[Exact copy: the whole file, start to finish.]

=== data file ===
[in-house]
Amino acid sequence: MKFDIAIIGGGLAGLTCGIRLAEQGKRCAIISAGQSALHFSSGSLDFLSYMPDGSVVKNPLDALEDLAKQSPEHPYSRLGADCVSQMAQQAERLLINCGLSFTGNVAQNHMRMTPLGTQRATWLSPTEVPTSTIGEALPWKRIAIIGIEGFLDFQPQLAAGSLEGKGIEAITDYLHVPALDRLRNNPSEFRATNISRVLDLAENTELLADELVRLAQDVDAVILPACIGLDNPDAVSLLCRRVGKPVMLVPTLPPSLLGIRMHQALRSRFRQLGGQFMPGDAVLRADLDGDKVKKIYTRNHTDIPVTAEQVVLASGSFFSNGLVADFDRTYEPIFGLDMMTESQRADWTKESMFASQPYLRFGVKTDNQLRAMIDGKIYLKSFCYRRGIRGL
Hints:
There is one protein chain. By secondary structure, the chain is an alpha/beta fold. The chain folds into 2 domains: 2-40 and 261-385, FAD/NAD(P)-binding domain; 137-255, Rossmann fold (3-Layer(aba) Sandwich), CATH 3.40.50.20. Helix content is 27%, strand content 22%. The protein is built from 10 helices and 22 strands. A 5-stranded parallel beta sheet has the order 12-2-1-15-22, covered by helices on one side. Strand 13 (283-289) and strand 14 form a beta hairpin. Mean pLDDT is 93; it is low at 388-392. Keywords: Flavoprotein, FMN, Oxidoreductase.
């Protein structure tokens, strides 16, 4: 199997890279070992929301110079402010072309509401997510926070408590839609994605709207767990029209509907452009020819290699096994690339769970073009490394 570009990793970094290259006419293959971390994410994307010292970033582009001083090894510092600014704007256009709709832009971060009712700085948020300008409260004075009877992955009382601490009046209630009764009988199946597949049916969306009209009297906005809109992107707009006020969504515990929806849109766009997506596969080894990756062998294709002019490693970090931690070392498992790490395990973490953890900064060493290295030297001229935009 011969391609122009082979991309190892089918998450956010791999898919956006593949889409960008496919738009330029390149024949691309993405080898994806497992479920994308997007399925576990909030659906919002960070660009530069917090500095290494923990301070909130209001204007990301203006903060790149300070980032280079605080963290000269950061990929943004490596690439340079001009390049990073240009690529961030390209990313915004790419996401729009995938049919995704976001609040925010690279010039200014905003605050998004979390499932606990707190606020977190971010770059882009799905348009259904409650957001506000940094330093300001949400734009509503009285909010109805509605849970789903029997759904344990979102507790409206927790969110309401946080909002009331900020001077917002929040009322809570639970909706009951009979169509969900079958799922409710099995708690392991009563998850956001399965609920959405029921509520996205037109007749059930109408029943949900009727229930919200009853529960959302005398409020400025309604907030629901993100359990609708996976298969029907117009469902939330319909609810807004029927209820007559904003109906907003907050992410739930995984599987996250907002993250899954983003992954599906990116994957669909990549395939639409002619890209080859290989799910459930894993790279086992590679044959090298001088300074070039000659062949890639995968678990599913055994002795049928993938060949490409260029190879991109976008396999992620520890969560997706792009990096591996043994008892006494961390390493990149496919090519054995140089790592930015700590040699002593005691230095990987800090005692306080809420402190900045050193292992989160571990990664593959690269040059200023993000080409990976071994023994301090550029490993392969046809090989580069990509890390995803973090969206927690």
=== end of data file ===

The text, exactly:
[in-house]
Amino acid sequence: MKFDIAIIGGGLAGLTCGIRLAEQGKRCAIISAGQSALHFSSGSLDFLSYMPDGSVVKNPLDALEDLAKQSPEHPYSRLGADCVSQMAQQAERLLINCGLSFTGNVAQNHMRMTPLGTQRATWLSPTEVPTSTIGEALPWKRIAIIGIEGFLDFQPQLAAGSLEGKGIEAITDYLHVPALDRLRNNPSEFRATNISRVLDLAENTELLADELVRLAQDVDAVILPACIGLDNPDAVSLLCRRVGKPVMLVPTLPPSLLGIRMHQALRSRFRQLGGQFMPGDAVLRADLDGDKVKKIYTRNHTDIPVTAEQVVLASGSFFSNGLVADFDRTYEPIFGLDMMTESQRADWTKESMFASQPYLRFGVKTDNQLRAMIDGKIYLKSFCYRRGIRGL
Hints:
There is one protein chain. By secondary structure, the chain is an alpha/beta fold. The chain folds into 2 domains: 2-40 and 261-385, FAD/NAD(P)-binding domain; 137-255, Rossmann fold (3-Layer(aba) Sandwich), CATH 3.40.50.20. Helix content is 27%, strand content 22%. The protein is built from 10 helices and 22 strands. A 5-stranded parallel beta sheet has the order 12-2-1-15-22, covered by helices on one side. Strand 13 (283-289) and strand 14 form a beta hairpin. Mean pLDDT is 93; it is low at 388-392. Keywords: Flavoprotein, FMN, Oxidoreductase.
């Protein structure tokens, strides 16, 4: 199997890279070992929301110079402010072309509401997510926070408590839609994605709207767990029209509907452009020819290699096994690339769970073009490394 570009990793970094290259006419293959971390994410994307010292970033582009001083090894510092600014704007256009709709832009971060009712700085948020300008409260004075009877992955009382601490009046209630009764009988199946597949049916969306009209009297906005809109992107707009006020969504515990929806849109766009997506596969080894990756062998294709002019490693970090931690070392498992790490395990973490953890900064060493290295030297001229935009 011969391609122009082979991309190892089918998450956010791999898919956006593949889409960008496919738009330029390149024949691309993405080898994806497992479920994308997007399925576990909030659906919002960070660009530069917090500095290494923990301070909130209001204007990301203006903060790149300070980032280079605080963290000269950061990929943004490596690439340079001009390049990073240009690529961030390209990313915004790419996401729009995938049919995704976001609040925010690279010039200014905003605050998004979390499932606990707190606020977190971010770059882009799905348009259904409650957001506000940094330093300001949400734009509503009285909010109805509605849970789903029997759904344990979102507790409206927790969110309401946080909002009331900020001077917002929040009322809570639970909706009951009979169509969900079958799922409710099995708690392991009563998850956001399965609920959405029921509520996205037109007749059930109408029943949900009727229930919200009853529960959302005398409020400025309604907030629901993100359990609708996976298969029907117009469902939330319909609810807004029927209820007559904003109906907003907050992410739930995984599987996250907002993250899954983003992954599906990116994957669909990549395939639409002619890209080859290989799910459930894993790279086992590679044959090298001088300074070039000659062949890639995968678990599913055994002795049928993938060949490409260029190879991109976008396999992620520890969560997706792009990096591996043994008892006494961390390493990149496919090519054995140089790592930015700590040699002593005691230095990987800090005692306080809420402190900045050193292992989160571990990664593959690269040059200023993000080409990976071994023994301090550029490993392969046809090989580069990509890390995803973090969206927690």